Wednesday, September 20, 2017

That makes sense!

I was getting ready for my day when I noticed how grey my hair and beard had become. Instead of looking like a pirate, now I looked like Santa Claus.

As I wondered how that could possibly have happened without me noticing, I remembered something I was told almost thirty years ago. Roy Corey, a member of the Truro Church, told me how he had discovered his eyesight was directly connected to the amount of pigment in his hair.

When I questioned him more, he told me how he had noticed that when his hair was dark he had no problem seeing, but as his hair became progressively greyer, his eyesight got progressively worse. Ergo, it was apparent that his eyesight was directly connected to the amount of pigment in his hair.

When you think about that, it makes sense. An obvious case of cause and effect. But I have discovered in life that just because something makes sense doesn’t mean it’s true. Those in the world will often ask you to embrace their culture and their values simply because they make sense. Granted, sometimes they do make sense, but that doesn’t mean they are true or right.

And just because you colour your hair doesn’t mean you won’t need glasses.

Have a great week and remember: To see what is really possible, you will have to attempt the impossible.

Friday, September 15, 2017

Making Memories

I subscribe to Yogi Berra's theory that if you don't attend other people's funerals, they won't come to yours. With that in mind, whenever I can, I attend the funeral of Wesleyan Pastors on our district.

Last weekend the staff from Cornerstone made their way to the chapel at Kingswood University in Sussex to say good-bye to a friend and colleague.  Pastors from across the district gathered to pay their respects to our former District Superintendent David LeRoy, who had passed away after his lengthy battle with cancer.
The most moving part of the service for me, was when his three grown sons spoke sharing their memories of their father.  And as each one spoke of the things that made their father special, I wondered what my children would say about me at my funeral.

And I realized that my children's impression of me, as their father, is now formed and for the most part, the majority of their memories of our relationships won’t change.  I remember hearing once, that what matters isn’t who your father was, it is who you remember him to be.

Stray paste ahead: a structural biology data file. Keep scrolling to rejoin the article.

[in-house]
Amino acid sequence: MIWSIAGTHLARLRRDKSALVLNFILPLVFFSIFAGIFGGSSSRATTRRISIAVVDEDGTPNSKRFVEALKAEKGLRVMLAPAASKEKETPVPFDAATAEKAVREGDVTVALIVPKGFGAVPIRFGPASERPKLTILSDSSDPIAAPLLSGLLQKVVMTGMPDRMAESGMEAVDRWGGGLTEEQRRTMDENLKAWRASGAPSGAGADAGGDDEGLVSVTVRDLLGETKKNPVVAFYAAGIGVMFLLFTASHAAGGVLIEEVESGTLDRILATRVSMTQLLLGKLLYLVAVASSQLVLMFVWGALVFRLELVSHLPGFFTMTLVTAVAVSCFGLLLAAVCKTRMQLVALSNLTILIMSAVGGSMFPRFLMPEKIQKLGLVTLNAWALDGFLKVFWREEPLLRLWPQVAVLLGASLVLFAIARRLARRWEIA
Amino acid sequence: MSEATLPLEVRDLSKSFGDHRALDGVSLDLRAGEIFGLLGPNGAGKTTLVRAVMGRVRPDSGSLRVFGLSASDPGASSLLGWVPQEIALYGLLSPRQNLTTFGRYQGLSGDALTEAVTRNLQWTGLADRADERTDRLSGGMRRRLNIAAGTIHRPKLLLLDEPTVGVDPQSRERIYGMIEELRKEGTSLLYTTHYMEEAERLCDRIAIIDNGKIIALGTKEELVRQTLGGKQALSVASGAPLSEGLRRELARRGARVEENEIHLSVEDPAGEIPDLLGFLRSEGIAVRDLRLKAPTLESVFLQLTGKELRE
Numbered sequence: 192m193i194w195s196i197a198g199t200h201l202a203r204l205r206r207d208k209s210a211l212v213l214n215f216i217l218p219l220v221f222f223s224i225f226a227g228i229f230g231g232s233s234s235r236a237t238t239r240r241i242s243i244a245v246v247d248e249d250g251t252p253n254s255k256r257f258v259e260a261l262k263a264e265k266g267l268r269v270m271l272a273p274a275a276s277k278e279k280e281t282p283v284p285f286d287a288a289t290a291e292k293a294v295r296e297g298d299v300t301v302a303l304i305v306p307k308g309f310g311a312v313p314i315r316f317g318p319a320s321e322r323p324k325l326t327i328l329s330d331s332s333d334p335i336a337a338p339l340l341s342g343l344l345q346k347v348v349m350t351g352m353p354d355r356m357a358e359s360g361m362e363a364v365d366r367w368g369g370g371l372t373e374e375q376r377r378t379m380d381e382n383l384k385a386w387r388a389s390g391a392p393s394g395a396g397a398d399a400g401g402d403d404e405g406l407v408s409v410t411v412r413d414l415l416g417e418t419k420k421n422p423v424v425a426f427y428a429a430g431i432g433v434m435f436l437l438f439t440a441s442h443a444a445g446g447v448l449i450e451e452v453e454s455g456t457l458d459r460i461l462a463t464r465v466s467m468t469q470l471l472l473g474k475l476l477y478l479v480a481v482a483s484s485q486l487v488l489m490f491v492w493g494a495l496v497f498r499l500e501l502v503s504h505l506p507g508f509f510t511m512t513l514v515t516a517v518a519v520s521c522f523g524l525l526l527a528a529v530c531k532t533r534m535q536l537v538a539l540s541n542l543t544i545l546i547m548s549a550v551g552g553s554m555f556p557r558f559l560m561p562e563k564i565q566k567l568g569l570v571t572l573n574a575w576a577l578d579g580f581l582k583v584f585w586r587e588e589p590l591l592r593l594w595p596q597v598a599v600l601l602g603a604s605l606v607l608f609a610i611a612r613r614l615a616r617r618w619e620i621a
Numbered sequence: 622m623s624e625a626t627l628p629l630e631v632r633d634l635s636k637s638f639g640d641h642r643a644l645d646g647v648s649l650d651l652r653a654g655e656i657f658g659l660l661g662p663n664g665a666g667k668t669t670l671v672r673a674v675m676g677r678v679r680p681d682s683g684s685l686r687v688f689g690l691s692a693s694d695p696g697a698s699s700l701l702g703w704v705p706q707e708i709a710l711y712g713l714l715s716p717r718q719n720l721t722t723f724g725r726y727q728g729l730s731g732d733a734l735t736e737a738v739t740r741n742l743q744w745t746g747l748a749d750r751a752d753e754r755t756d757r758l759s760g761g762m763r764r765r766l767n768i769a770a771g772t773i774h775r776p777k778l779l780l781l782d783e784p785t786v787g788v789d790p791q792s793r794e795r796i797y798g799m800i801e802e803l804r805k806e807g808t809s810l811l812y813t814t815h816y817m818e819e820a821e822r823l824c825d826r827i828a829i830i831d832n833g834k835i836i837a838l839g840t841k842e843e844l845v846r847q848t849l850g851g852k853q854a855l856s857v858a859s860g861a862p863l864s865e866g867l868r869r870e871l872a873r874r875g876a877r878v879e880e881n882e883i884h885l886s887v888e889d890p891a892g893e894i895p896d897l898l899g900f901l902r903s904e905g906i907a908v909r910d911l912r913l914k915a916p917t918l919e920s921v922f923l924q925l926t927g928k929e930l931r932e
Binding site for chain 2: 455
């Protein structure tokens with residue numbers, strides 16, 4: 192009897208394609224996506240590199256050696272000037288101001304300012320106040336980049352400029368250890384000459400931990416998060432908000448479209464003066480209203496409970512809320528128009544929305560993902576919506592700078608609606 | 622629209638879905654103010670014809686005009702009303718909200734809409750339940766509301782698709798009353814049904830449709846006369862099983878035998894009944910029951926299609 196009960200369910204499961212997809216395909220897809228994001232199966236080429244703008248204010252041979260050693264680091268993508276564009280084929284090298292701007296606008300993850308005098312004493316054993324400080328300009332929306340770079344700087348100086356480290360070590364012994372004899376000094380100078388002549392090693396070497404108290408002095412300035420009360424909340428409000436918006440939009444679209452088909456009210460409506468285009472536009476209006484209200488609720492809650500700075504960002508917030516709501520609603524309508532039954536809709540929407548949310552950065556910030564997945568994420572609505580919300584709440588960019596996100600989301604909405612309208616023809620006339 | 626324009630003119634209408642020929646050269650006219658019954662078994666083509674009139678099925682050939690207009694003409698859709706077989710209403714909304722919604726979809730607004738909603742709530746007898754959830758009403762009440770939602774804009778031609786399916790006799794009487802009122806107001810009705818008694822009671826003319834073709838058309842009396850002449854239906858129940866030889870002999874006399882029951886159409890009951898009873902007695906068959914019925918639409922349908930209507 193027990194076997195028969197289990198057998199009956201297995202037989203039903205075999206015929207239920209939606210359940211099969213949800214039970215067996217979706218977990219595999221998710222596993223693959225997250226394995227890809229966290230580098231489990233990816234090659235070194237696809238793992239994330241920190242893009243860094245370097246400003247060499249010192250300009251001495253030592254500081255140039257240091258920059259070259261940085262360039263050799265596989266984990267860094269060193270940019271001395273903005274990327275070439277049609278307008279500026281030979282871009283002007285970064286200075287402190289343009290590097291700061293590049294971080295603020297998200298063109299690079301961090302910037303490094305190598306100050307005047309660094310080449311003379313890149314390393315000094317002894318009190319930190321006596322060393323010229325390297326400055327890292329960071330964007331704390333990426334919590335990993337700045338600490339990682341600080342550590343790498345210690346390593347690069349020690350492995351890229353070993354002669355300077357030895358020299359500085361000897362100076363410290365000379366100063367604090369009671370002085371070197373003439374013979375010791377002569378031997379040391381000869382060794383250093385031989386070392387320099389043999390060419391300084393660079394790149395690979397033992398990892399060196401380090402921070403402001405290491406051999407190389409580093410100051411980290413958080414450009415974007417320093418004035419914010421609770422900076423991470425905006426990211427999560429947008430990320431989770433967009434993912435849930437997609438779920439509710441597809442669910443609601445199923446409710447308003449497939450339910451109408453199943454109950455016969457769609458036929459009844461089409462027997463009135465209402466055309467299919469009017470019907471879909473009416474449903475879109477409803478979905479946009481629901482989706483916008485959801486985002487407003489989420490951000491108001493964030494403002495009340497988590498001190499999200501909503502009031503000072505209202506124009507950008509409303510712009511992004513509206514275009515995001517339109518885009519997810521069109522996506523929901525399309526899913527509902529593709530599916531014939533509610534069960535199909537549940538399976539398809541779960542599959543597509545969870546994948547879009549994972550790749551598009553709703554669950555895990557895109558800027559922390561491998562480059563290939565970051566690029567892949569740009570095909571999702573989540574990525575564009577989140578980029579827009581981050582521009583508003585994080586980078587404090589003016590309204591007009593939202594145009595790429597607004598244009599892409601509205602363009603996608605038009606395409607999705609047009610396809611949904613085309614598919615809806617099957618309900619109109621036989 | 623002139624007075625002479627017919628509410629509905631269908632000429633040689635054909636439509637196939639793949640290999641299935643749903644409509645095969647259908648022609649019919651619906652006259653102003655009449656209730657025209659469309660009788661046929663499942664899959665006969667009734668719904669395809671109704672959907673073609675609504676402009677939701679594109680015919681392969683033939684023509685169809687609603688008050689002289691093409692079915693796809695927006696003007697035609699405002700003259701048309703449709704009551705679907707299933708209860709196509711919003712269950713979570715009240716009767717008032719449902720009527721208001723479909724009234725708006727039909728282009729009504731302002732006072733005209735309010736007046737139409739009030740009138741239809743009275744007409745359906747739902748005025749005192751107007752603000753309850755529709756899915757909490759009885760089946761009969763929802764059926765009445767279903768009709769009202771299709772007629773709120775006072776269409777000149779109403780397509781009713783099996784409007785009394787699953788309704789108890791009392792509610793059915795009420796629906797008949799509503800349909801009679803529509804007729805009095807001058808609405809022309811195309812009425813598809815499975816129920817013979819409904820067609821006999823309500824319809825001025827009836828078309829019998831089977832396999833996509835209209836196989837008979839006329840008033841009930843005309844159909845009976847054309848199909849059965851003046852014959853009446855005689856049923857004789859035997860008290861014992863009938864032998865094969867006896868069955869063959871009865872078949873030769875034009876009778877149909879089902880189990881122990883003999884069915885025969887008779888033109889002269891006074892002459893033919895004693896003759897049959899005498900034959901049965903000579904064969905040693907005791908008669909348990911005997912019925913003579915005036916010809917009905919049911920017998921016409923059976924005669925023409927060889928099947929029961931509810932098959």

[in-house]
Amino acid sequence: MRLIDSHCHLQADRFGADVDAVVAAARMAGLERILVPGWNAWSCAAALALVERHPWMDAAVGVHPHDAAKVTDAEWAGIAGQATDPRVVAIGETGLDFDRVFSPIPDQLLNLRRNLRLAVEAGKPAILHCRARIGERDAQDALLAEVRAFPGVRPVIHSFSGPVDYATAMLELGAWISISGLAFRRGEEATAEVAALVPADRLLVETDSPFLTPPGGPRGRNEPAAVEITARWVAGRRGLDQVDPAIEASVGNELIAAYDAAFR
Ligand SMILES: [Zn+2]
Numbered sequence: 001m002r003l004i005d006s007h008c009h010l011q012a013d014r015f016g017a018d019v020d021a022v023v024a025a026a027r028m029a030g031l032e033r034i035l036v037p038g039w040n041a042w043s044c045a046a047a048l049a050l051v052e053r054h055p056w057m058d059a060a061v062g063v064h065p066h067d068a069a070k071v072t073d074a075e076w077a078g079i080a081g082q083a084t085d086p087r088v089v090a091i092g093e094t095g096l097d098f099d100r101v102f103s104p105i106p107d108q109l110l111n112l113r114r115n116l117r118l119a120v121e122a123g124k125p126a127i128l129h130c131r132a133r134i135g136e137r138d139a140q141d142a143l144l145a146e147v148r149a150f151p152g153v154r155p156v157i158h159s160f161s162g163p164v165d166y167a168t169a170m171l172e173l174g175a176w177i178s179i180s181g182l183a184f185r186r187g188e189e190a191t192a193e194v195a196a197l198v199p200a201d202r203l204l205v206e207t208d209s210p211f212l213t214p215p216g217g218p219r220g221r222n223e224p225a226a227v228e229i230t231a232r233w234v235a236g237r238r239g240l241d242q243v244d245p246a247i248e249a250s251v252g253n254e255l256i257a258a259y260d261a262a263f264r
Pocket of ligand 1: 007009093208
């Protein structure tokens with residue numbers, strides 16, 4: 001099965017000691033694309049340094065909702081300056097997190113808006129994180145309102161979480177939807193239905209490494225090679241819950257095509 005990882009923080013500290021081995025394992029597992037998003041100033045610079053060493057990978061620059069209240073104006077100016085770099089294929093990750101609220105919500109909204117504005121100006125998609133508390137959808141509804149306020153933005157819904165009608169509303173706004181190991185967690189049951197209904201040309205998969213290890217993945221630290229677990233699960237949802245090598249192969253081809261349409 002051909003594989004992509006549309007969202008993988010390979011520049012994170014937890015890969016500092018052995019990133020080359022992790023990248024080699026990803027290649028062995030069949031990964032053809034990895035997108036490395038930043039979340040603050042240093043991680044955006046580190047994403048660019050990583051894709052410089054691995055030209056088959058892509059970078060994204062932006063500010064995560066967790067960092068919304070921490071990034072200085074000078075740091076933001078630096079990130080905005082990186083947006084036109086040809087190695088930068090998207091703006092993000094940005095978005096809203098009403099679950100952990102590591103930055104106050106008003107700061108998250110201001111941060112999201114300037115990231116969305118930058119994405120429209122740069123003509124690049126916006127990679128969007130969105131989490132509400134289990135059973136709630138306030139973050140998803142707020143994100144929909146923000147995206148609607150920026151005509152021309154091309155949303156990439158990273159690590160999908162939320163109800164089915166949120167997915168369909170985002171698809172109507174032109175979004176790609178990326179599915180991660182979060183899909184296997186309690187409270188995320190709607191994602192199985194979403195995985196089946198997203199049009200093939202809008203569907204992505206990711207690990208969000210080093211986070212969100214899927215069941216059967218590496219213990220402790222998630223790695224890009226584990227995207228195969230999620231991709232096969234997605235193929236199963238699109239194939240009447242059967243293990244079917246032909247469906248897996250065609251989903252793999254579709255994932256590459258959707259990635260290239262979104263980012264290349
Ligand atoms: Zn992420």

So, this Penn is for you parents who still have children at home.  If you want your children to deliver your eulogy, then the time to prepare is now!                    
              
Have a great week and remember: To see what is really possible, you will have to attempt the impossible.

Thursday, September 7, 2017

Say What?

I was sitting in my office annex the other day and was listening to folks use Canada's third official language as they ordered their double doubles, triple singles and four by fours.  Which begs the question: is a coffee with four creams and four sugars still a coffee? But again, I digress.

As I listened to the customers speaking in a code readily understood by those who served them, I wondered about the language we speak in our churches.

How often do we assume that everyone who comes through our doors on Sunday morning speaks the same language as we do?  And I'm not talking about English but when we bandy around terms like “grace” and “vestibule” and “propitiation”, maybe we don’t bandy propitiation around so much these days.

I have to remind myself from time to time that not everyone understands "churchy" language. Part of my job is to act as a tour guide, as I lead people to catch a glimpse of the eternal.  And part of that job is occasionally acting as a translator, translating "Christianese" into everyday English.

If you get the wrong coffee because of a miscommunication, that's a mistake that can be corrected. If you miss eternity because of a miscommunication, that is a tragedy and it's forever.
                                                                                                                       
Have a great week and remember: To see what is really possible, you will have to attempt the impossible.